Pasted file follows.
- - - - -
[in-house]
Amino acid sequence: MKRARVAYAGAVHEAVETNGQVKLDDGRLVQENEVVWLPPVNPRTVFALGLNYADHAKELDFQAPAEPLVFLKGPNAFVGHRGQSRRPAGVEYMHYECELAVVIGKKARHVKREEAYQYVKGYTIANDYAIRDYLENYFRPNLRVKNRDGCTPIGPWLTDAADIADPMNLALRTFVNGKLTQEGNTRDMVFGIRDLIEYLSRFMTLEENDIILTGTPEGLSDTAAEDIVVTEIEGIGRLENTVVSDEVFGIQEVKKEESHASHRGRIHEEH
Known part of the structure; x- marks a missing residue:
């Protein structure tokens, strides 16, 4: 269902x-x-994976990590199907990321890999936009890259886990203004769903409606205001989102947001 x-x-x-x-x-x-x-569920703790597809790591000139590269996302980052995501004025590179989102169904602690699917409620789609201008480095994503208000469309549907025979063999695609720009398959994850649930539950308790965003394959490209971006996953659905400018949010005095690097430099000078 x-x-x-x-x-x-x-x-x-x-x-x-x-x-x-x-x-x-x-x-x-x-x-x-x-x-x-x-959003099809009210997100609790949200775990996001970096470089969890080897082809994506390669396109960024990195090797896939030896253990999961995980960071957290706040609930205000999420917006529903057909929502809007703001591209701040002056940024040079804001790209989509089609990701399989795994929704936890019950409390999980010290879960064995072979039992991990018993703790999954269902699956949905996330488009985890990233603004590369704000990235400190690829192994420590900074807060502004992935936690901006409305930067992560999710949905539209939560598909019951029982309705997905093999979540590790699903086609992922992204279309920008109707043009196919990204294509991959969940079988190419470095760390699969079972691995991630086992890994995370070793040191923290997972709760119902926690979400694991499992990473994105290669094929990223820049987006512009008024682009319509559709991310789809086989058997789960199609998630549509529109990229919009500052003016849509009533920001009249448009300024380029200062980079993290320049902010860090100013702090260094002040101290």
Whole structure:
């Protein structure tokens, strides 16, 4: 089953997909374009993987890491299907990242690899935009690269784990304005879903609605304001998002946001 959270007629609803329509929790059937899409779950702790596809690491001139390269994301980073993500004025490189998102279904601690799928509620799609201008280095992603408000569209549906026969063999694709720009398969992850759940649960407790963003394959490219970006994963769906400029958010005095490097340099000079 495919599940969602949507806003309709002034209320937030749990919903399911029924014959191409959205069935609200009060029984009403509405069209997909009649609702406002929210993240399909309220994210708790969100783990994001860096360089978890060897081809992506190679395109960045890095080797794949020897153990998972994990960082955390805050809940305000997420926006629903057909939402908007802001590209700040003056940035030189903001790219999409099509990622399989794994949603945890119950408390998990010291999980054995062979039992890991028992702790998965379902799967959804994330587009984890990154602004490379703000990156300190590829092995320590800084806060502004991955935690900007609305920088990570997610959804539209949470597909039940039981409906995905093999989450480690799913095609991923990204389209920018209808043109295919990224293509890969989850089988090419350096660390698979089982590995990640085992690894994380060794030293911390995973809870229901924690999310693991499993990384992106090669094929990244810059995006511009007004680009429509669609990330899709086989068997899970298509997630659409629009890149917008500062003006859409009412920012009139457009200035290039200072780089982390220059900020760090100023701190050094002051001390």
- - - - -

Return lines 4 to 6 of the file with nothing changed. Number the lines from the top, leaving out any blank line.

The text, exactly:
């Protein structure tokens, strides 16, 4: 269902x-x-994976990590199907990321890999936009890259886990203004769903409606205001989102947001 x-x-x-x-x-x-x-569920703790597809790591000139590269996302980052995501004025590179989102169904602690699917409620789609201008480095994503208000469309549907025979063999695609720009398959994850649930539950308790965003394959490209971006996953659905400018949010005095690097430099000078 x-x-x-x-x-x-x-x-x-x-x-x-x-x-x-x-x-x-x-x-x-x-x-x-x-x-x-x-959003099809009210997100609790949200775990996001970096470089969890080897082809994506390669396109960024990195090797896939030896253990999961995980960071957290706040609930205000999420917006529903057909929502809007703001591209701040002056940024040079804001790209989509089609990701399989795994929704936890019950409390999980010290879960064995072979039992991990018993703790999954269902699956949905996330488009985890990233603004590369704000990235400190690829192994420590900074807060502004992935936690901006409305930067992560999710949905539209939560598909019951029982309705997905093999979540590790699903086609992922992204279309920008109707043009196919990204294509991959969940079988190419470095760390699969079972691995991630086992890994995370070793040191923290997972709760119902926690979400694991499992990473994105290669094929990223820049987006512009008024682009319509559709991310789809086989058997789960199609998630549509529109990229919009500052003016849509009533920001009249448009300024380029200062980079993290320049902010860090100013702090260094002040101290």
Whole structure:
């Protein structure tokens, strides 16, 4: 089953997909374009993987890491299907990242690899935009690269784990304005879903609605304001998002946001 959270007629609803329509929790059937899409779950702790596809690491001139390269994301980073993500004025490189998102279904601690799928509620799609201008280095992603408000569209549906026969063999694709720009398969992850759940649960407790963003394959490219970006994963769906400029958010005095490097340099000079 495919599940969602949507806003309709002034209320937030749990919903399911029924014959191409959205069935609200009060029984009403509405069209997909009649609702406002929210993240399909309220994210708790969100783990994001860096360089978890060897081809992506190679395109960045890095080797794949020897153990998972994990960082955390805050809940305000997420926006629903057909939402908007802001590209700040003056940035030189903001790219999409099509990622399989794994949603945890119950408390998990010291999980054995062979039992890991028992702790998965379902799967959804994330587009984890990154602004490379703000990156300190590829092995320590800084806060502004991955935690900007609305920088990570997610959804539209949470597909039940039981409906995905093999989450480690799913095609991923990204389209920018209808043109295919990224293509890969989850089988090419350096660390698979089982590995990640085992690894994380060794030293911390995973809870229901924690999310693991499993990384992106090669094929990244810059995006511009007004680009429509669609990330899709086989068997899970298509997630659409629009890149917008500062003006859409009412920012009139457009200035290039200072780089982390220059900020760090100023701190050094002051001390």